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Local Nature Partnerships

Local Nature Partnerships

Local Nature Partnerships (LNPs) are partnerships of a broad range of local organisations, businesses and people who aim to help bring about improvements in their local natural environment.

LNPs work  strategically to help their local area manage the natural environment. They aim to make sure that its value, and the value of the services it provides to the economy and the people who live there, is taken into account in local decisions, for example about planning and development.

Setting up LNPs was one of the commitments the UK government made in the Natural Environment White Paper 2011. The approach derived from this can be found in the government policy paper 2015 - 2015 government policy: biodiversity and ecosystems.

The map and contact information for Local Nature Partnerships was updated in July 2016 and can be found by following this link: Local Nature Partnerships map and contact information 2016.

 

Environment

Environment

The Manhood Peninsula Partnership was formed in recognition of the challenges the peninsula faces as a result of climate change and the increasing demands on its environment. By recognising the different issues the area faces, its assets and possibilities, and by valuing its distinct and almost unique character on the south coast, the MPP hopes to create opportunities and... Read More»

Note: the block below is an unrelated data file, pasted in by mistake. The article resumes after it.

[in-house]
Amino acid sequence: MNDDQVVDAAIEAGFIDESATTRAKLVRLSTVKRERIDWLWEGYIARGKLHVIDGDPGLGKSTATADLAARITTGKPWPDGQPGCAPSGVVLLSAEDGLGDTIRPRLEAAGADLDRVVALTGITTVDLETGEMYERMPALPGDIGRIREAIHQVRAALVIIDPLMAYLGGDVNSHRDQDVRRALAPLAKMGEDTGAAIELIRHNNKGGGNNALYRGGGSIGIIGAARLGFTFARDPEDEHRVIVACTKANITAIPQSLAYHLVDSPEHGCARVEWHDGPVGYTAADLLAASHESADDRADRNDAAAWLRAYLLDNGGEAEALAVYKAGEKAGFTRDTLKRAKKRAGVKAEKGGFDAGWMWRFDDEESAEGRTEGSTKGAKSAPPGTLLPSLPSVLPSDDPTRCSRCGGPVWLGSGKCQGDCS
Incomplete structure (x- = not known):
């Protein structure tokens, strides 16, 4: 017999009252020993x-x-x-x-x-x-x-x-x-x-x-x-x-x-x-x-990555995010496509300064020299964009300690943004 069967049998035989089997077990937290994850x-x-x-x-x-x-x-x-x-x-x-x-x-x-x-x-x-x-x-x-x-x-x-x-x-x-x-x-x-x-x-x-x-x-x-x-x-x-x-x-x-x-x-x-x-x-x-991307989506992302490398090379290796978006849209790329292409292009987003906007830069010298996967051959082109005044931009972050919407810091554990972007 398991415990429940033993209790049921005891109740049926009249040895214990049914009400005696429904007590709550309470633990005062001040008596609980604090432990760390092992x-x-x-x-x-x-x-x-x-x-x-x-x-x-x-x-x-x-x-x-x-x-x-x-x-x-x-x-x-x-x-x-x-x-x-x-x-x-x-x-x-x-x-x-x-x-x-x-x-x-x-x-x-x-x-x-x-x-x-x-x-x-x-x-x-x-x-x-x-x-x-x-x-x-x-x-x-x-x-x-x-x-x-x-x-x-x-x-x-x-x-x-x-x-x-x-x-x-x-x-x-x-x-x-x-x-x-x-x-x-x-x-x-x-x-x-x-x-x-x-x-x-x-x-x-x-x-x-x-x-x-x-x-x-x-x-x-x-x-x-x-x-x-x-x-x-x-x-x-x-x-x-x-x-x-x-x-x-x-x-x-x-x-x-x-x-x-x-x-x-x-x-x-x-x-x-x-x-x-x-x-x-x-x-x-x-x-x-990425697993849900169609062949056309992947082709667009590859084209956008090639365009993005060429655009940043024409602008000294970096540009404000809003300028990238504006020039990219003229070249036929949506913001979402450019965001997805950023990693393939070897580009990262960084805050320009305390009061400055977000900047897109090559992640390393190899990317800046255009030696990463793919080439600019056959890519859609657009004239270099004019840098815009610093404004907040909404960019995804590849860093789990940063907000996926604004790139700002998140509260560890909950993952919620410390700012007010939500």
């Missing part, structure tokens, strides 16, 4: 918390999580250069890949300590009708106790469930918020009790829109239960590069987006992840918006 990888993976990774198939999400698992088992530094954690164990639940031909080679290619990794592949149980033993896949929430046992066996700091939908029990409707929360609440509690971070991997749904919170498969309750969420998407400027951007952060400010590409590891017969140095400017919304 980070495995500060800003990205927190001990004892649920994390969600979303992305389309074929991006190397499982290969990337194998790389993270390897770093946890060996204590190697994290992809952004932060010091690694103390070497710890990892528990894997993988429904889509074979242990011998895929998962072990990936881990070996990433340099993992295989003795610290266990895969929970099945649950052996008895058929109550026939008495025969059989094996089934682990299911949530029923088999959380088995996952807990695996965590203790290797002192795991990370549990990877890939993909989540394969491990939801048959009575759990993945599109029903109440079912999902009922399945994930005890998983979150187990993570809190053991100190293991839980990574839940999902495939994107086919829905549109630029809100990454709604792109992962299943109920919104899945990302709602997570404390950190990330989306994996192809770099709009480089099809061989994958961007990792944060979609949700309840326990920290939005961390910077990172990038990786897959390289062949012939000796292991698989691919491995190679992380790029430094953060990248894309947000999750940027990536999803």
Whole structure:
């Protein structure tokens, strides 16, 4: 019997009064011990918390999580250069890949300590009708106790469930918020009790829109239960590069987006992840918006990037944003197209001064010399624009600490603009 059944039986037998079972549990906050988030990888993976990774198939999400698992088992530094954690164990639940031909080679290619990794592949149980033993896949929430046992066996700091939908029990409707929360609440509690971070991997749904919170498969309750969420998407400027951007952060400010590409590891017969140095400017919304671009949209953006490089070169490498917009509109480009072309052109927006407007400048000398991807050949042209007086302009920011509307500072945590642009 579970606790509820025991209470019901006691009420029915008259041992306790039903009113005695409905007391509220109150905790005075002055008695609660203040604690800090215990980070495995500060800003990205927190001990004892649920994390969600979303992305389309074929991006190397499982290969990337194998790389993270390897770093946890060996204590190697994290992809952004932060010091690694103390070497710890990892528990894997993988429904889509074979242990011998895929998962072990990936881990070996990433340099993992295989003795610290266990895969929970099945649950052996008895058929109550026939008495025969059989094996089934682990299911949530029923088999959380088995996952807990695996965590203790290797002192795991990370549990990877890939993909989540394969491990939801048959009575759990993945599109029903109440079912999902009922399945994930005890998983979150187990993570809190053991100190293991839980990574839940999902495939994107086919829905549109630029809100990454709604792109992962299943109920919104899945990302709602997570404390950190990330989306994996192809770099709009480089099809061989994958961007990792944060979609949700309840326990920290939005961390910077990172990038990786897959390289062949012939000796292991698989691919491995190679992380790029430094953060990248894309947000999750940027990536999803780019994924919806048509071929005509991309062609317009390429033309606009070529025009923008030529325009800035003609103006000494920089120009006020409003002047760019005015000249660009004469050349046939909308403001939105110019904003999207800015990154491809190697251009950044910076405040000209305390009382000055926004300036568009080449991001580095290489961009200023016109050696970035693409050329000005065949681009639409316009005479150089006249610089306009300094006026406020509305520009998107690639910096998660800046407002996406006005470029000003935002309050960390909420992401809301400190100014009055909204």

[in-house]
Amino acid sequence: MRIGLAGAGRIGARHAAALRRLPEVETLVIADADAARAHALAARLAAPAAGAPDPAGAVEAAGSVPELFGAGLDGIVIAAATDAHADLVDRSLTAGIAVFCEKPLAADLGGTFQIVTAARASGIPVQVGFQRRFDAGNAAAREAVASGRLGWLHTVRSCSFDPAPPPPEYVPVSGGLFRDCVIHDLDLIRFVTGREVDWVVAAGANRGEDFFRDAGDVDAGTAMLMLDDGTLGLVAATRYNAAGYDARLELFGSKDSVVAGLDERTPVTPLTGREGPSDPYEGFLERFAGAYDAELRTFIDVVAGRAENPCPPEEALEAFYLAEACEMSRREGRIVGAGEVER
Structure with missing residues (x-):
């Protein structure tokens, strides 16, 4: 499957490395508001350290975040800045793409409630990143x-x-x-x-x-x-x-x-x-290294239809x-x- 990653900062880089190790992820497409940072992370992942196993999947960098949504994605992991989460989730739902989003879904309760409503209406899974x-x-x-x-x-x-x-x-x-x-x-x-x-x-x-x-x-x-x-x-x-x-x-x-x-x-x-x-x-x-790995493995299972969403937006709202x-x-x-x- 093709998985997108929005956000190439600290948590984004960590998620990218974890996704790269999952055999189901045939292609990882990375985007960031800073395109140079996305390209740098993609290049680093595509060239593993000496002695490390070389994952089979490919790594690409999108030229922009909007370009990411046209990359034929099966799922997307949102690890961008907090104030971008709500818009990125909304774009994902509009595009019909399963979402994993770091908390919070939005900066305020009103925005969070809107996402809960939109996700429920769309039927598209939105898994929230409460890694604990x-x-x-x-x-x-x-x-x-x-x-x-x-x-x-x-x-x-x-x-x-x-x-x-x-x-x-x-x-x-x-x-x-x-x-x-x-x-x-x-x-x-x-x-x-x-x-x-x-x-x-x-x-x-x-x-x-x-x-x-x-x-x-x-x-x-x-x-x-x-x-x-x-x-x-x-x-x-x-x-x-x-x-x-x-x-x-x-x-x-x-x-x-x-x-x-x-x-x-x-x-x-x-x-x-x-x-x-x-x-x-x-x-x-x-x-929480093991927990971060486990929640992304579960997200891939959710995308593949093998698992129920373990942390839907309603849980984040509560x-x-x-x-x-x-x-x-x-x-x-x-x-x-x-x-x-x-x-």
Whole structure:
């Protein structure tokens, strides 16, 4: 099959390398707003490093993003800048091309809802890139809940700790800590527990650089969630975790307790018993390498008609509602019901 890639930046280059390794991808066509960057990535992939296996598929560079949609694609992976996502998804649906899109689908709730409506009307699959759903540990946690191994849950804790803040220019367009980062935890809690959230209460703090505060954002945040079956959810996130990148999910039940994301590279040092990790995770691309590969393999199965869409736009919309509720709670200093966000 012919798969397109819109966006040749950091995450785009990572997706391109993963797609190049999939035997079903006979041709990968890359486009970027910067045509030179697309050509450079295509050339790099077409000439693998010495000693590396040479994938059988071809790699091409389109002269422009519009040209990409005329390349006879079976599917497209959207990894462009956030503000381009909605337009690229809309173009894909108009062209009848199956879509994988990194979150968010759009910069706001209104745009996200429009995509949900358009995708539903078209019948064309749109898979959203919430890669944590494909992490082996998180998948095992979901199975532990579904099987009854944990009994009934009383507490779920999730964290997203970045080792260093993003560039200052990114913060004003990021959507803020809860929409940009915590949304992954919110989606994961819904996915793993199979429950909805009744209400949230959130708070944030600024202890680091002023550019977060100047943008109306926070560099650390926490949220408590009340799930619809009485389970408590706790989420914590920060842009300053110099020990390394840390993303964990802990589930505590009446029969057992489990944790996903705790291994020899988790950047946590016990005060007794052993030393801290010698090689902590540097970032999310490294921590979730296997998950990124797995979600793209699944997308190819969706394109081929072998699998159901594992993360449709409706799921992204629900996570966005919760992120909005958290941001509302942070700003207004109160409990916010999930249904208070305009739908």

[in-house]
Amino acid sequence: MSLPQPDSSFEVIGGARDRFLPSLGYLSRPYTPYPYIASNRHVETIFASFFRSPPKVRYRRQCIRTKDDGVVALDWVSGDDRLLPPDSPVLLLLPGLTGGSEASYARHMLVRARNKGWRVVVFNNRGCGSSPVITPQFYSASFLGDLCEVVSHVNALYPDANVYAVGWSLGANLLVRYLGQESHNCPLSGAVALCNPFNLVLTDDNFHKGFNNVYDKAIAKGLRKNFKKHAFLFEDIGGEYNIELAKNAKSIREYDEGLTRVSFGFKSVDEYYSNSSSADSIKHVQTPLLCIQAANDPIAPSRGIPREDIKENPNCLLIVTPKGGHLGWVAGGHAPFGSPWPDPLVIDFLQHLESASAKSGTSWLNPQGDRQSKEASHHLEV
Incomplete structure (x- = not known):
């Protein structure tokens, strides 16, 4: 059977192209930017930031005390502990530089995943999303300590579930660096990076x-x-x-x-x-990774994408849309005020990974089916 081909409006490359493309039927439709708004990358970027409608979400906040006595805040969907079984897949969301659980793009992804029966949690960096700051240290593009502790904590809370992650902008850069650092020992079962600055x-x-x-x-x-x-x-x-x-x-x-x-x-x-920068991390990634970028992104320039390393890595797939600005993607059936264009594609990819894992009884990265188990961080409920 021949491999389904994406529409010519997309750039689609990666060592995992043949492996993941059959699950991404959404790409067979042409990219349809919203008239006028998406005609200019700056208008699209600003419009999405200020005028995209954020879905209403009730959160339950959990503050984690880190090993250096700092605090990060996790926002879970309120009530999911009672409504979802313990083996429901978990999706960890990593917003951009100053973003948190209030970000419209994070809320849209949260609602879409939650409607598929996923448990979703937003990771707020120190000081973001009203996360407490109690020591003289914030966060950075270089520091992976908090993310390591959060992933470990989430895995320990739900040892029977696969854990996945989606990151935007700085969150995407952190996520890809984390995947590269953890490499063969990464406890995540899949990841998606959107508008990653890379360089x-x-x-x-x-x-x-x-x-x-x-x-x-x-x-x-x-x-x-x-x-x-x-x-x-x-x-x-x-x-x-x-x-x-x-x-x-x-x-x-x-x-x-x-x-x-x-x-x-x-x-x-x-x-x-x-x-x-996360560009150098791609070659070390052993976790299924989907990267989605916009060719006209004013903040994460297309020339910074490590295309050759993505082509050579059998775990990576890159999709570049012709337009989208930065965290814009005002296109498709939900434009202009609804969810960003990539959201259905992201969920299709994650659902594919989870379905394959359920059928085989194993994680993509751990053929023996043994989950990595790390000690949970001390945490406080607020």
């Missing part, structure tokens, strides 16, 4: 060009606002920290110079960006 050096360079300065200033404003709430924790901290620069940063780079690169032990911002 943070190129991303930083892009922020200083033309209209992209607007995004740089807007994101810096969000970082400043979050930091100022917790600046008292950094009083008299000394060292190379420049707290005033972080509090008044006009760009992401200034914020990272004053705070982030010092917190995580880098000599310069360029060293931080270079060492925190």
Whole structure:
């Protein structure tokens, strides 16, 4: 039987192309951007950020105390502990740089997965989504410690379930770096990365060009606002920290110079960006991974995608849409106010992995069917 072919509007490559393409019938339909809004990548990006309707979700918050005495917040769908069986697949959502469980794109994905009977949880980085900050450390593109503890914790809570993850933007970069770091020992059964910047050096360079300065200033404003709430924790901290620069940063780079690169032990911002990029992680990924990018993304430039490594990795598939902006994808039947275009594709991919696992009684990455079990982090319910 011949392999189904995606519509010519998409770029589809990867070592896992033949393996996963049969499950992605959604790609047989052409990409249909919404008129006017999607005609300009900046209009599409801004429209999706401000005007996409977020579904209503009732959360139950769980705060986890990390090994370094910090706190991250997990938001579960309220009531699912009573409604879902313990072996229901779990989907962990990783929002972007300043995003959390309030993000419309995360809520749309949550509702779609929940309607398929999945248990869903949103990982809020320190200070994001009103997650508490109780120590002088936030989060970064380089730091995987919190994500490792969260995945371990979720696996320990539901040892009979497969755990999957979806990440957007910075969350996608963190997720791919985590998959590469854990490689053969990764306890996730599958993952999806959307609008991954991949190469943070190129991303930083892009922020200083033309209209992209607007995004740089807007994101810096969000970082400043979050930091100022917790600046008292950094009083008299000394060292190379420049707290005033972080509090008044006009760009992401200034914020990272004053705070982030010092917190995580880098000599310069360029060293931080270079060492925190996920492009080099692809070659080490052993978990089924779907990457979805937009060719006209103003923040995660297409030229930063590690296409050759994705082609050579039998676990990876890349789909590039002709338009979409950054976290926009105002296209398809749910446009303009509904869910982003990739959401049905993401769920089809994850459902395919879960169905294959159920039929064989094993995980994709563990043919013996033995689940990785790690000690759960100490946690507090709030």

Agriculture and Horticulture

Agriculture and Horticulture

Agricultural land on the manhood is mainly Grade I and Grade II, among the best arable land in the country. Farms in the area have an average size of about 625 acres. The National Farmers Union estimates that an arable farm needs to be about 400 acres or more to be profitable. However, increasing drainage problems is resulting in... Read More»

Coastal Management

Coastal Management

A large part of the Manhood Peninsula is less than 5m above sea level and at risk from flooding, both inland and coastal. It is likely that climate change will increase this risk, through rising sea levels, rising water tables and increased precipitation intensity. Drainage is an increasing problem on the peninsula as the existing ditches are proving inadequate... Read More»